A man who conducted a school shooting in 2004 but was stopped before killing anyone wrote a letter from jail expressing support for students advocating harsher gun control measures.
Jon Romano, now 30, brought a pump-action shotgun to his school. John Sawchuk, an assistant principal, tackled and disarmed Romano before the incident escalated to the level seen in recent school shootings. One teacher was hit, but nobody died. Romano is now serving a 20-year sentence.
Last month, the New York-based Times Union published an interview with Sawchuk. The former principal said he believed that Romano would have caused much more damage if he had a semiautomatic weapon, like the AR-15 that was used in the Parkland shooting and other infamous incidents, such as the sprees in Newtown and Las Vegas.
Romano penned his letter after seeing the interview with his former principal, whom he referred to as a “hero.”
“I believe the students at Marjory Stoneman Douglas High School in Parkland are courageous and inspiring for demanding action from politicians,” Romano wrote. “Everyone nationwide should accept nothing less than meaningful, life-saving policy changes from their politicians.”
In the letter, Romano wrote, “I intend to advocate for gun safety and mental health reform after my release in 2021.”
The written dialogue between Romano and Sawchuk offers a sobering perspective on the gun control debate, which is frequently steered toward hyperbole and polarization, rather than grounded conversation.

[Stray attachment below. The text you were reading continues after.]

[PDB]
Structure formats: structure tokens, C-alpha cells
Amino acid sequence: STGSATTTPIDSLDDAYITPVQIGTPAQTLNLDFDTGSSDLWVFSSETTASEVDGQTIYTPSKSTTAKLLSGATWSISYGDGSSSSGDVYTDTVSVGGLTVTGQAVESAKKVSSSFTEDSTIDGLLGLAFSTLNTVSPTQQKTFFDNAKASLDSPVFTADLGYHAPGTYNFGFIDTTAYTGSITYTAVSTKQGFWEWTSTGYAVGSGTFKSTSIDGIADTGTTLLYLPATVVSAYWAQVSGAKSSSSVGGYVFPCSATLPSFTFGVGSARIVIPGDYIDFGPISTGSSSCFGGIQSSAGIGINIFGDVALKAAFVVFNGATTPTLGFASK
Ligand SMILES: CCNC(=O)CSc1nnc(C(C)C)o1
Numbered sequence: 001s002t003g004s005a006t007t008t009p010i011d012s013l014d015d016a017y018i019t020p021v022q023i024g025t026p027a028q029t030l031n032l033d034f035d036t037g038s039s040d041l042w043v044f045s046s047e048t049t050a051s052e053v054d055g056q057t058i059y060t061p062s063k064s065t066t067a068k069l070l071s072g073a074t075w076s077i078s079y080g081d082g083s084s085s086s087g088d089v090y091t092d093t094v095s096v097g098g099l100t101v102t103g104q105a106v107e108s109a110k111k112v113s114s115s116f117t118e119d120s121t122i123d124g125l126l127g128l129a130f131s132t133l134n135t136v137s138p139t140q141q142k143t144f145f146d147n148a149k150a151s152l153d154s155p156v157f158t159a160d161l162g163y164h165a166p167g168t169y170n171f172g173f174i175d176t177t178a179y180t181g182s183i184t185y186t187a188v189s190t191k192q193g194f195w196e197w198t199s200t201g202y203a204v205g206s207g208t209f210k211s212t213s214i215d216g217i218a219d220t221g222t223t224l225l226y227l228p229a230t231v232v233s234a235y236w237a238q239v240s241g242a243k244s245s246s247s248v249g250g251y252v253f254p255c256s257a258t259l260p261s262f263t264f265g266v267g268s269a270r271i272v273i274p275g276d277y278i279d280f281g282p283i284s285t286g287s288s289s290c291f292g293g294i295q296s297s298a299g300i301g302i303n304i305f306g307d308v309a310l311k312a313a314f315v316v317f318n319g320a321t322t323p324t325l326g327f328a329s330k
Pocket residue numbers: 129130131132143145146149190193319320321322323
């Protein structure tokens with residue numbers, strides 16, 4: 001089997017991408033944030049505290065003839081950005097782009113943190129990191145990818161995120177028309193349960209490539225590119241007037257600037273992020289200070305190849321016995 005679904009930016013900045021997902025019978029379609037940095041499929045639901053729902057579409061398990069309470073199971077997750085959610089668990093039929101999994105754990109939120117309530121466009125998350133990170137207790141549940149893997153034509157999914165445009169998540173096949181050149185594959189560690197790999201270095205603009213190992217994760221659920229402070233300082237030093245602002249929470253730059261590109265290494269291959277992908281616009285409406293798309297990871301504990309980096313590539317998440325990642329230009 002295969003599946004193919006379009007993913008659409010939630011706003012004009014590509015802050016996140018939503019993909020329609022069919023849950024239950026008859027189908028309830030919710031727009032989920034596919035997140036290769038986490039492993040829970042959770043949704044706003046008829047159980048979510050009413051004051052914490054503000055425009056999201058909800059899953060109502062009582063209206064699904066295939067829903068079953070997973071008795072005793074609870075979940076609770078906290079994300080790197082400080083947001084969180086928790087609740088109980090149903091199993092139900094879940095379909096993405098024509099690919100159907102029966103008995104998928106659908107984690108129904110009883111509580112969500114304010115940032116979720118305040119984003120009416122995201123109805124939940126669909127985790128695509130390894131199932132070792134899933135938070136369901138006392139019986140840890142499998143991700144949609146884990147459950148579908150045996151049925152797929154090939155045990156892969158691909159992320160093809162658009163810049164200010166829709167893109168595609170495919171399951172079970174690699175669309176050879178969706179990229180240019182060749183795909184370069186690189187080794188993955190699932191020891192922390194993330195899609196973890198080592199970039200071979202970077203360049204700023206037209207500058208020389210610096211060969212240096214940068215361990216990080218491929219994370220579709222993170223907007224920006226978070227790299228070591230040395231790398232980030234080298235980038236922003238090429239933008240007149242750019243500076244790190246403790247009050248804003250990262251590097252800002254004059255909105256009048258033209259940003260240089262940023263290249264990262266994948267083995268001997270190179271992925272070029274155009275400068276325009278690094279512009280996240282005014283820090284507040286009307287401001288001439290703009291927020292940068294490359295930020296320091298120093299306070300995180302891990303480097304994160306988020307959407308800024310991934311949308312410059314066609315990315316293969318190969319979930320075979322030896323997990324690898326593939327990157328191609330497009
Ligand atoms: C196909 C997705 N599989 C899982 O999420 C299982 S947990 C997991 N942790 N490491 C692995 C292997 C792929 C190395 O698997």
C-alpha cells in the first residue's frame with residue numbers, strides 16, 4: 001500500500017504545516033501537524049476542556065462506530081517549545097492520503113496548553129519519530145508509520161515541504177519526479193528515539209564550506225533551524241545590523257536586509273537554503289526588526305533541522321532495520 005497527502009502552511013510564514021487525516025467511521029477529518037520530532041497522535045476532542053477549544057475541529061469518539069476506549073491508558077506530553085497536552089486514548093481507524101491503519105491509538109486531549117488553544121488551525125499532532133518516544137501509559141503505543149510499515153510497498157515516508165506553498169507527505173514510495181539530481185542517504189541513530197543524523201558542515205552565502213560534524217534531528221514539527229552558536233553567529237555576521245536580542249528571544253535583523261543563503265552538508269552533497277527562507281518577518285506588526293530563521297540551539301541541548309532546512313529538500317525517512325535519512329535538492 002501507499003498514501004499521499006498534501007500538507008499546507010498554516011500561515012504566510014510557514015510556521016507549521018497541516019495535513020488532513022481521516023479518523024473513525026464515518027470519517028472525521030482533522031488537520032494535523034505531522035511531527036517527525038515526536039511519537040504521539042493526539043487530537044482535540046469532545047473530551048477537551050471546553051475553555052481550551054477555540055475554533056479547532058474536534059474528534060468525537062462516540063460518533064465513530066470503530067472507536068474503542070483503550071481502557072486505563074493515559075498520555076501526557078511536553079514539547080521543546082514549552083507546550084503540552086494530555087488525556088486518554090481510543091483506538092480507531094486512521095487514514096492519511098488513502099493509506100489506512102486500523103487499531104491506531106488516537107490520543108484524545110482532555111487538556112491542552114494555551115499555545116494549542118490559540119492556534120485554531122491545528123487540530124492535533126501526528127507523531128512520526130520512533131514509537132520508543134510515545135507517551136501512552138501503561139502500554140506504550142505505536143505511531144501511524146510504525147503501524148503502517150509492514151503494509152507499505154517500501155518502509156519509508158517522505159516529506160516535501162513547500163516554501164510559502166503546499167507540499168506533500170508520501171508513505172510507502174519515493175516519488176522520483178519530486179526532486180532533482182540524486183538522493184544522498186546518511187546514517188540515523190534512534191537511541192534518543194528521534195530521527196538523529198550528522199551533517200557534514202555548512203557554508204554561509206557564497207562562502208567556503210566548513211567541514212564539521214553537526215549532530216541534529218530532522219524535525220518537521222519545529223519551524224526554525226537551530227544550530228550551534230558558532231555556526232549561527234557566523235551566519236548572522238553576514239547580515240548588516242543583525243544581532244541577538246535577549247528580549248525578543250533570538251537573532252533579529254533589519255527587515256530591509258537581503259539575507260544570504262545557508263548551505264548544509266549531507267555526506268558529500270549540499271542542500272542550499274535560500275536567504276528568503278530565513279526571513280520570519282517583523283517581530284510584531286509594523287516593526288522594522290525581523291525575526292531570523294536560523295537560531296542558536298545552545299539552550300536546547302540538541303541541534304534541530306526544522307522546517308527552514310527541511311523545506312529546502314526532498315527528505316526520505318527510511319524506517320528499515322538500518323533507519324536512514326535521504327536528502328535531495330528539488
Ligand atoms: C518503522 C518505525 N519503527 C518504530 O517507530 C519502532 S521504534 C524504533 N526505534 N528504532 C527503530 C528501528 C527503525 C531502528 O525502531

The contortions of political extremism do not taint Sawchuk’s opinions. The initial proposals to alter access to military-grade weapons, like AR-15s, has devolved into a debate about common-sense gun legislation to a debate over access to all guns.
Sawchuk’s comments provide an unfiltered, logical statement that assesses the lethality of a particular kind of weapon and avoids the politicized frills currently distorting any substantive political discussion.
Romano's words offer rare insight into the mindset of a repentant school shooter and, perhaps, carry more weight because it is quite unusual that school shooters become gun control advocates. His words express gratitude to the principal who stopped him from causing more damage, but also hint at the dangers of hindering modern school shootings when attackers are using more advanced weaponry and cannot be stopped as quickly.
Banner and thumbnail credit: Reuters, Jonathan Drake